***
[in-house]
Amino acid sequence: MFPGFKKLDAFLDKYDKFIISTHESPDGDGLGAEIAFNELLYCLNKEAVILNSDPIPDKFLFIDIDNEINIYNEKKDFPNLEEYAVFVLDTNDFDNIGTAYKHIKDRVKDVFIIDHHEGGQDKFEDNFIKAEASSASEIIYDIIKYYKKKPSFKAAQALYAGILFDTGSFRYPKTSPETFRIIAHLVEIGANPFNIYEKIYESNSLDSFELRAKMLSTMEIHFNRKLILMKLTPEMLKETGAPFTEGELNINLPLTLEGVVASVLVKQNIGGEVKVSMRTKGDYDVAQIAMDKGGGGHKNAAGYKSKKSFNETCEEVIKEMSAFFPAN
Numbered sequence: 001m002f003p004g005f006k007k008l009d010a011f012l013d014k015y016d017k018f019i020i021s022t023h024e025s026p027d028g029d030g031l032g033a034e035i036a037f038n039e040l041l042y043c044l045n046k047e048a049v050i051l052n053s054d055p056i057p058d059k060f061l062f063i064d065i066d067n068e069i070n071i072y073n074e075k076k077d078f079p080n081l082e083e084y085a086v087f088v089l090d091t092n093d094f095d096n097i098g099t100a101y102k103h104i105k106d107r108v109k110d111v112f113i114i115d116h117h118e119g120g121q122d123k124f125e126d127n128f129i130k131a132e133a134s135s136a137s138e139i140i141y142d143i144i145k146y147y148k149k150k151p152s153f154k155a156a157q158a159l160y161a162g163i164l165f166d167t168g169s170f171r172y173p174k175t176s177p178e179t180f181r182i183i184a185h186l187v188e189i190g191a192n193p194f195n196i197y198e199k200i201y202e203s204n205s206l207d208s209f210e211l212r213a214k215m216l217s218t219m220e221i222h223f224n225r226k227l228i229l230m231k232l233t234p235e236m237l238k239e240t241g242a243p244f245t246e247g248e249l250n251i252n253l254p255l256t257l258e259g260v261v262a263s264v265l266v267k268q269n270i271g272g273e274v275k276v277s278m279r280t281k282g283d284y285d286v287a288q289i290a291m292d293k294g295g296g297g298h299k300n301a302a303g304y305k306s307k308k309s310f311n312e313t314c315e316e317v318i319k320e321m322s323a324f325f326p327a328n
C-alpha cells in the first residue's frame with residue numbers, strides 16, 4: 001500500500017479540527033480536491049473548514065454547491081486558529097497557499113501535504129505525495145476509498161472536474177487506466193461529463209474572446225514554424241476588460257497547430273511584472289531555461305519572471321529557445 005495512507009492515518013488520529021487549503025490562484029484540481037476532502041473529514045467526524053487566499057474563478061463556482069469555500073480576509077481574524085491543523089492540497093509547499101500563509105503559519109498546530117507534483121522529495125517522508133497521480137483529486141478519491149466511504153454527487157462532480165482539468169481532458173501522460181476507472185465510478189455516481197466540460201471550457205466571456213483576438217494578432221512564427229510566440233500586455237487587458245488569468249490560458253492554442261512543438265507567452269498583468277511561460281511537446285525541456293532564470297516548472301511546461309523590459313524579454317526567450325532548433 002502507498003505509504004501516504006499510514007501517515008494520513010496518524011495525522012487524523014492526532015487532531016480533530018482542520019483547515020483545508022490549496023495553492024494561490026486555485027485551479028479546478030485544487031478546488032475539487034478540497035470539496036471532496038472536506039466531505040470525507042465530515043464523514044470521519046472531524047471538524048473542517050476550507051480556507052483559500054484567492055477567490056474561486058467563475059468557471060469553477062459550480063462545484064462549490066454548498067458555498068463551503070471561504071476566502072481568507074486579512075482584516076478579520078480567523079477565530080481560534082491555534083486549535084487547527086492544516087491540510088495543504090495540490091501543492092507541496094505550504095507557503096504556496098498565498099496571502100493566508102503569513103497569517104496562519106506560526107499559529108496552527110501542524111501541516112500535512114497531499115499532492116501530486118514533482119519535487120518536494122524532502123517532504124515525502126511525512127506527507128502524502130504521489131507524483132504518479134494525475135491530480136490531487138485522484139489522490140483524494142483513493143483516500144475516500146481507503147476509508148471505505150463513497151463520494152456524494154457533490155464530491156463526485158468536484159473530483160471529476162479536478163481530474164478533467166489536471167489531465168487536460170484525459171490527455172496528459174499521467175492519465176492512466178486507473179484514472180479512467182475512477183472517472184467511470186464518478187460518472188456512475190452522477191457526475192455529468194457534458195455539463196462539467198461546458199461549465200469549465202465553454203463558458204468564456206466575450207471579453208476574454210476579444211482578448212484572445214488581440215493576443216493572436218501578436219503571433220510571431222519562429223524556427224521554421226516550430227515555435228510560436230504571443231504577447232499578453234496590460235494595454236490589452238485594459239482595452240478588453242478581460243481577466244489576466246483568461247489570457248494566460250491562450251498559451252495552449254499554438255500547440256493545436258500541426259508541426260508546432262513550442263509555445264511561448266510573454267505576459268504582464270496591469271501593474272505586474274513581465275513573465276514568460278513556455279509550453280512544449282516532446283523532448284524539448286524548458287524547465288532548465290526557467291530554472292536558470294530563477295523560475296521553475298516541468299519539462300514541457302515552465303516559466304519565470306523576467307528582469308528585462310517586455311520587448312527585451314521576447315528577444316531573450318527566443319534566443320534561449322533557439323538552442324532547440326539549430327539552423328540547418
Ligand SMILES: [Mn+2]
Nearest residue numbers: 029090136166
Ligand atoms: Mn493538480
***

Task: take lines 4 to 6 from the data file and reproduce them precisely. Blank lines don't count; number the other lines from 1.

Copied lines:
C-alpha cells in the first residue's frame with residue numbers, strides 16, 4: 001500500500017479540527033480536491049473548514065454547491081486558529097497557499113501535504129505525495145476509498161472536474177487506466193461529463209474572446225514554424241476588460257497547430273511584472289531555461305519572471321529557445 005495512507009492515518013488520529021487549503025490562484029484540481037476532502041473529514045467526524053487566499057474563478061463556482069469555500073480576509077481574524085491543523089492540497093509547499101500563509105503559519109498546530117507534483121522529495125517522508133497521480137483529486141478519491149466511504153454527487157462532480165482539468169481532458173501522460181476507472185465510478189455516481197466540460201471550457205466571456213483576438217494578432221512564427229510566440233500586455237487587458245488569468249490560458253492554442261512543438265507567452269498583468277511561460281511537446285525541456293532564470297516548472301511546461309523590459313524579454317526567450325532548433 002502507498003505509504004501516504006499510514007501517515008494520513010496518524011495525522012487524523014492526532015487532531016480533530018482542520019483547515020483545508022490549496023495553492024494561490026486555485027485551479028479546478030485544487031478546488032475539487034478540497035470539496036471532496038472536506039466531505040470525507042465530515043464523514044470521519046472531524047471538524048473542517050476550507051480556507052483559500054484567492055477567490056474561486058467563475059468557471060469553477062459550480063462545484064462549490066454548498067458555498068463551503070471561504071476566502072481568507074486579512075482584516076478579520078480567523079477565530080481560534082491555534083486549535084487547527086492544516087491540510088495543504090495540490091501543492092507541496094505550504095507557503096504556496098498565498099496571502100493566508102503569513103497569517104496562519106506560526107499559529108496552527110501542524111501541516112500535512114497531499115499532492116501530486118514533482119519535487120518536494122524532502123517532504124515525502126511525512127506527507128502524502130504521489131507524483132504518479134494525475135491530480136490531487138485522484139489522490140483524494142483513493143483516500144475516500146481507503147476509508148471505505150463513497151463520494152456524494154457533490155464530491156463526485158468536484159473530483160471529476162479536478163481530474164478533467166489536471167489531465168487536460170484525459171490527455172496528459174499521467175492519465176492512466178486507473179484514472180479512467182475512477183472517472184467511470186464518478187460518472188456512475190452522477191457526475192455529468194457534458195455539463196462539467198461546458199461549465200469549465202465553454203463558458204468564456206466575450207471579453208476574454210476579444211482578448212484572445214488581440215493576443216493572436218501578436219503571433220510571431222519562429223524556427224521554421226516550430227515555435228510560436230504571443231504577447232499578453234496590460235494595454236490589452238485594459239482595452240478588453242478581460243481577466244489576466246483568461247489570457248494566460250491562450251498559451252495552449254499554438255500547440256493545436258500541426259508541426260508546432262513550442263509555445264511561448266510573454267505576459268504582464270496591469271501593474272505586474274513581465275513573465276514568460278513556455279509550453280512544449282516532446283523532448284524539448286524548458287524547465288532548465290526557467291530554472292536558470294530563477295523560475296521553475298516541468299519539462300514541457302515552465303516559466304519565470306523576467307528582469308528585462310517586455311520587448312527585451314521576447315528577444316531573450318527566443319534566443320534561449322533557439323538552442324532547440326539549430327539552423328540547418
Ligand SMILES: [Mn+2]
Nearest residue numbers: 029090136166